Confirmed plenary speakers include: Geoffrey Batchen, Lisa Cartwright, Ann Cvetkovich, David Eng, Marianne Hirsch, Shawn Michelle Smith, and Diana Taylor.

Instructions for submission of paper abstracts: please send a 250-word proposal and one page c.v. to feelingphoto@torontophotoseminar.org no later than January 15, 2009. Notifications will take place by February 23, 2009.

Completed conference papers should be about 8-10 pages, or 20 minutes. We also envision collecting completed papers based on conference presentations into an anthology for publication with a university press. A subvention to cover part of the costs of registration will be available to graduate students.

This conference is co-sponsored by the Toronto Photography Seminar and the Centre for the Study of the United States, Munk Centre for International Studies, University of Toronto.
Conference organizers are Prof. Matt Brower, University of Toronto; Prof. Elspeth Brown, University of Toronto; and Prof. Thy Phu, University of Western Ontario; with the assistance of David Sworn, graduate student in History at the University of Toronto.
For the Toronto Photography Seminar, see www.torontophotoseminar.org; for the Centre for the Study of the United States at the University of Toronto, see http://www.utoronto.ca/csus/

Call for essays: Oral History and Photography – EDITED Collection

We are seeking original research essays for a collection entitled Oral History and Photography. Oral history and its diverse practical and theoretical relationships to photography are at the centre of this essay collection, which will explore the interconnections and synergies between theory, method and politics in the two fields. In their essays, the authors will consider oral history and photography as distinct but related research methods; as evidence for interpretation; and as tools for activism and social movements. The themes and questions we aim to consider are detailed below.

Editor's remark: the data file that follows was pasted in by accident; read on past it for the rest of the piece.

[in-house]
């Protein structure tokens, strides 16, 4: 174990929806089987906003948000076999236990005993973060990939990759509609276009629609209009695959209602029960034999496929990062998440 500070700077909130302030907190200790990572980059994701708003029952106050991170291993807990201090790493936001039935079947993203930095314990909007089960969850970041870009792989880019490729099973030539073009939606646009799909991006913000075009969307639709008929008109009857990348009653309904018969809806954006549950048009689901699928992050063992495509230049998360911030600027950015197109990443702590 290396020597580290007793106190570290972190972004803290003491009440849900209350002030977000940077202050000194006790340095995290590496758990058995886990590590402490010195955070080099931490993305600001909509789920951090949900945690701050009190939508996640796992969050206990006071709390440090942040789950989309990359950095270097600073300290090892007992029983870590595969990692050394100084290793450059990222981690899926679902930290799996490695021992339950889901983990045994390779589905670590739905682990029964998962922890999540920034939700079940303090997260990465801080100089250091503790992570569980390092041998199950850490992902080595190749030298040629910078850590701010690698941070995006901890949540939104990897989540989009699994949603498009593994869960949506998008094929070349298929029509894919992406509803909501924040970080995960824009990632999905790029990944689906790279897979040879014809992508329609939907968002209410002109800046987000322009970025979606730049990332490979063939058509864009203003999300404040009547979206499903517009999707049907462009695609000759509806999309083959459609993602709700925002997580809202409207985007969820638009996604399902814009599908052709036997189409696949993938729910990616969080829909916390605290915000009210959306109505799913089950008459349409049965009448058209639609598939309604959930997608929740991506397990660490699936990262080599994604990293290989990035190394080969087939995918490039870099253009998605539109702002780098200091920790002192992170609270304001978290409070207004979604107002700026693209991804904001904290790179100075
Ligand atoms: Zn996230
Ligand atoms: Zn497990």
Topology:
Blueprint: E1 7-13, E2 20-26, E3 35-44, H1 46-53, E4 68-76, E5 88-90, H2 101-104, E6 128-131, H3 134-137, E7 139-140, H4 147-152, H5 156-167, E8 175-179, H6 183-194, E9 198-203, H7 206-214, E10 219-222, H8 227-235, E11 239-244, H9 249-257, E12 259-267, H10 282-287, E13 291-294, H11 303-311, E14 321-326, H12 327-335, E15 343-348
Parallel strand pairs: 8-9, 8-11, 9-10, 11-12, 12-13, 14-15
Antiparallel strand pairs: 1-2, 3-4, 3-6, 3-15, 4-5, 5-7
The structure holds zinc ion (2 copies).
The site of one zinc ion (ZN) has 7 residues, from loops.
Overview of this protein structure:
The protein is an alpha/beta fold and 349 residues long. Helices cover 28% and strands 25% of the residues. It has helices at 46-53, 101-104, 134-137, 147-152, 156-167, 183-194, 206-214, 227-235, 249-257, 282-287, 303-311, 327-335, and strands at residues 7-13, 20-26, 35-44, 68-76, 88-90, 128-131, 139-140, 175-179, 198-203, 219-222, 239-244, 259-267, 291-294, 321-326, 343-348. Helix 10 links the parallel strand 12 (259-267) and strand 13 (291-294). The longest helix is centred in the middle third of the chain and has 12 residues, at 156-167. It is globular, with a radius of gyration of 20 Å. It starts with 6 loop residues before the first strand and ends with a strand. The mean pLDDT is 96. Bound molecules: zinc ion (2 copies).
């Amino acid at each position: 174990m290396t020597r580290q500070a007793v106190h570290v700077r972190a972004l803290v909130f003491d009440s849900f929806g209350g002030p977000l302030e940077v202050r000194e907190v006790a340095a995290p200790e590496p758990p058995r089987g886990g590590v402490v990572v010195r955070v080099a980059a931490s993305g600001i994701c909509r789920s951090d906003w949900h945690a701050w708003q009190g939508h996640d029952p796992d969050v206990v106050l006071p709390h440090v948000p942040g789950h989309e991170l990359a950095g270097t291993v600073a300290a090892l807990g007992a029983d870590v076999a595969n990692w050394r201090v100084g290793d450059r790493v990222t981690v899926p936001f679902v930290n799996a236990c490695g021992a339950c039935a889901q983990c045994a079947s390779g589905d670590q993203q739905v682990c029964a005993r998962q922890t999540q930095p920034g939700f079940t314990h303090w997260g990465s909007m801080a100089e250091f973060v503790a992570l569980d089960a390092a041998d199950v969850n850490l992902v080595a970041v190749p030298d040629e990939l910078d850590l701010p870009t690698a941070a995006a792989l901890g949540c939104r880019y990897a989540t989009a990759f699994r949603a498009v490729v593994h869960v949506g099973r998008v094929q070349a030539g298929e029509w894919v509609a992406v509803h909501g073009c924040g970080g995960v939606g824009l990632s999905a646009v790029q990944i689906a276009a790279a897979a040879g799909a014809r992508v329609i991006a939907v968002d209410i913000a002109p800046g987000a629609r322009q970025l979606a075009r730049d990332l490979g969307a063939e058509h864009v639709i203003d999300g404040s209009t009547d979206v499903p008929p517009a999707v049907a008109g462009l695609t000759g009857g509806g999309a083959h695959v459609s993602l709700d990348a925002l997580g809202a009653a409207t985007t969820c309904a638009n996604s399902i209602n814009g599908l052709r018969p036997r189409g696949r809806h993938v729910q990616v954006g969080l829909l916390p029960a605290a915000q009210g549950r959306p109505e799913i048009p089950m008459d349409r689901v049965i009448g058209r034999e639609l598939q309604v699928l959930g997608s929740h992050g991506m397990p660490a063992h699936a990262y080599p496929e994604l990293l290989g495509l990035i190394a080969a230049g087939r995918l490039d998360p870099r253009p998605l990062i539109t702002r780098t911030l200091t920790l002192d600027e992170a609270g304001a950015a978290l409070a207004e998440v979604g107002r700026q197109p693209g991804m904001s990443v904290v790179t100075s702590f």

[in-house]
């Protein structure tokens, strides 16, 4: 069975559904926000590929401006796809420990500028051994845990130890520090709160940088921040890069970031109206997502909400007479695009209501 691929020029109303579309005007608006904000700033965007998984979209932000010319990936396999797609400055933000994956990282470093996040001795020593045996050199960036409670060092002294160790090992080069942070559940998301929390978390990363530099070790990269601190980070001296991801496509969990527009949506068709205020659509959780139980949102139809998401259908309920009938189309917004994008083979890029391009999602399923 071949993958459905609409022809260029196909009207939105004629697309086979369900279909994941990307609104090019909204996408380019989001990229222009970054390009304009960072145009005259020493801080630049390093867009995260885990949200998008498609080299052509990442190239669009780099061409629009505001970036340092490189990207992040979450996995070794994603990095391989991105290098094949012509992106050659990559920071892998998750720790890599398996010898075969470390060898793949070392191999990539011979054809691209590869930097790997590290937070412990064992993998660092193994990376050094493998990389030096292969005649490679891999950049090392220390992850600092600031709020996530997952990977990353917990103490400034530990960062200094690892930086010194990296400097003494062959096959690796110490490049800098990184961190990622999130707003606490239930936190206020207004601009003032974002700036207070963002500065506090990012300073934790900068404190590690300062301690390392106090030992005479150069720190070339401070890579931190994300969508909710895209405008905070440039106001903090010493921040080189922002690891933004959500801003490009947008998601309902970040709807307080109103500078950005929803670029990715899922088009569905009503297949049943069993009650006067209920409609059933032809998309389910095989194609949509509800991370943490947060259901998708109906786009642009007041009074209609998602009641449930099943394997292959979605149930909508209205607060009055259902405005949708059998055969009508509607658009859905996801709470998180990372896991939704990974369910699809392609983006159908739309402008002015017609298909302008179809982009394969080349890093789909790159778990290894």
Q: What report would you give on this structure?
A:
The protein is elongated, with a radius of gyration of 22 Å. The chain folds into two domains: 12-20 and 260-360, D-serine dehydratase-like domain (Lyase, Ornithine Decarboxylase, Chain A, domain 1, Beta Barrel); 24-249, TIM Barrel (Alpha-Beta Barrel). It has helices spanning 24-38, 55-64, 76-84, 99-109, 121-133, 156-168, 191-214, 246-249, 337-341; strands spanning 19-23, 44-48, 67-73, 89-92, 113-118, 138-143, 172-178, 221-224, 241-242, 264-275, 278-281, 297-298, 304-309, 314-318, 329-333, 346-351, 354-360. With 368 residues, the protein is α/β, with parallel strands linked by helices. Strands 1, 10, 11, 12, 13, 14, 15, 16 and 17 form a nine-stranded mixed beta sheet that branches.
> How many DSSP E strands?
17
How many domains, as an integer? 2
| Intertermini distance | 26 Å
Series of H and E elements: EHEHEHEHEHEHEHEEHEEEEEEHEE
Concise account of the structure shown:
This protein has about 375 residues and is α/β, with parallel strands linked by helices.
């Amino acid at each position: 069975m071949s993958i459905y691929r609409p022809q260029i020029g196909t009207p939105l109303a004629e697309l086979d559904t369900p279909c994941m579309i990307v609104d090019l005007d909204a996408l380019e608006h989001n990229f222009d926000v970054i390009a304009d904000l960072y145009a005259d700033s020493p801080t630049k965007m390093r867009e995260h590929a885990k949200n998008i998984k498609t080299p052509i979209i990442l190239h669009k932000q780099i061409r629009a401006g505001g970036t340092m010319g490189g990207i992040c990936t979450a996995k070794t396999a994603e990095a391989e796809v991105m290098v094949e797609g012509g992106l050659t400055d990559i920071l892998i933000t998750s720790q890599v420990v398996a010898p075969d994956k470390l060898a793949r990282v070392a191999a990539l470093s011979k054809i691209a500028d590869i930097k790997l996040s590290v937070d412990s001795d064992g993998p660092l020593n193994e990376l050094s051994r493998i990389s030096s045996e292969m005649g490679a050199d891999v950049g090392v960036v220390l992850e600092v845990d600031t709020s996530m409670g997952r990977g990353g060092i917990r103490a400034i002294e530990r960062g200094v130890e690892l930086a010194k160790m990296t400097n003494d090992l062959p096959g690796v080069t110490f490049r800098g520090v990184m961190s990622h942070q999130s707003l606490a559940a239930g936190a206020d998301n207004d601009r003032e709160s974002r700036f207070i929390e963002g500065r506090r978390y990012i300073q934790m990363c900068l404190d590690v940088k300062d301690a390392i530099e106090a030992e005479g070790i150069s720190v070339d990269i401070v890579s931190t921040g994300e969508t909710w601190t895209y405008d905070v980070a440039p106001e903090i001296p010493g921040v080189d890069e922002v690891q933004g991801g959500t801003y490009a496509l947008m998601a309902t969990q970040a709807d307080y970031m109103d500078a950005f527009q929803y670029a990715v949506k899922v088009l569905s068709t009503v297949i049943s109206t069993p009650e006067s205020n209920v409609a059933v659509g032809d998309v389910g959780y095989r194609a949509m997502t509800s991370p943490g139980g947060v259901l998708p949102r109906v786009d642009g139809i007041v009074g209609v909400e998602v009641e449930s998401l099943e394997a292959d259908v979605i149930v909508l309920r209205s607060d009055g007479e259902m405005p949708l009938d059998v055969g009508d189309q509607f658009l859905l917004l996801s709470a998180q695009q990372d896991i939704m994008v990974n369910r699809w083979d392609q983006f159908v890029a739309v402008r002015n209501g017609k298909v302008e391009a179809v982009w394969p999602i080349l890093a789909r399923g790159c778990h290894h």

We seek papers that are based on original research, reflect practical experience with oral history and photography, and have not previously been published. The essays will be in English, and we encourage contributions from around the world. They should be about 6,000 words long and may include photographic images. Authors will be responsible for obtaining all rights for the publication of photographs and interviews (forms will be provided).

Deadlines:

31 Dec. 2008: Expression of interest (encouraged but not mandatory). 31 January 2009: Abstracts of up to 500 words should be sent to the editors, together with a short CV including contact details, and one example of previously published work in a relevant field. 30 June 2009: Acceptance letters sent to authors. 30 November 2009: Submission of papers.

Please submit all expressions of interest and abstracts/CVs to a.freund@uwinnipeg.ca
AND
Alistair.Thomson@arts.monash.edu.au
AND
with the subject line: Oral History and Photography

The editors:

Alexander Freund is Associate Professor of History and holds the Chair in German-Canadian Studies at the University of Winnipeg in Canada; he was previously Program Associate at the Columbia University Oral History Research Office. He is co-chair of the Canadian Oral History Association and co-editor of its journal, Oral History Forum d’histoire orale, and Council member of the International Oral History Association. He published Aufbrüche nach dem Zusammenbruch: Die deutsche Nordamerikaauswanderung nach dem Zweiten Weltkrieg, Göttingen: V & R unipress, 2004 and received the Oral History Association’s Best Article Award 1996 for a co-authored article.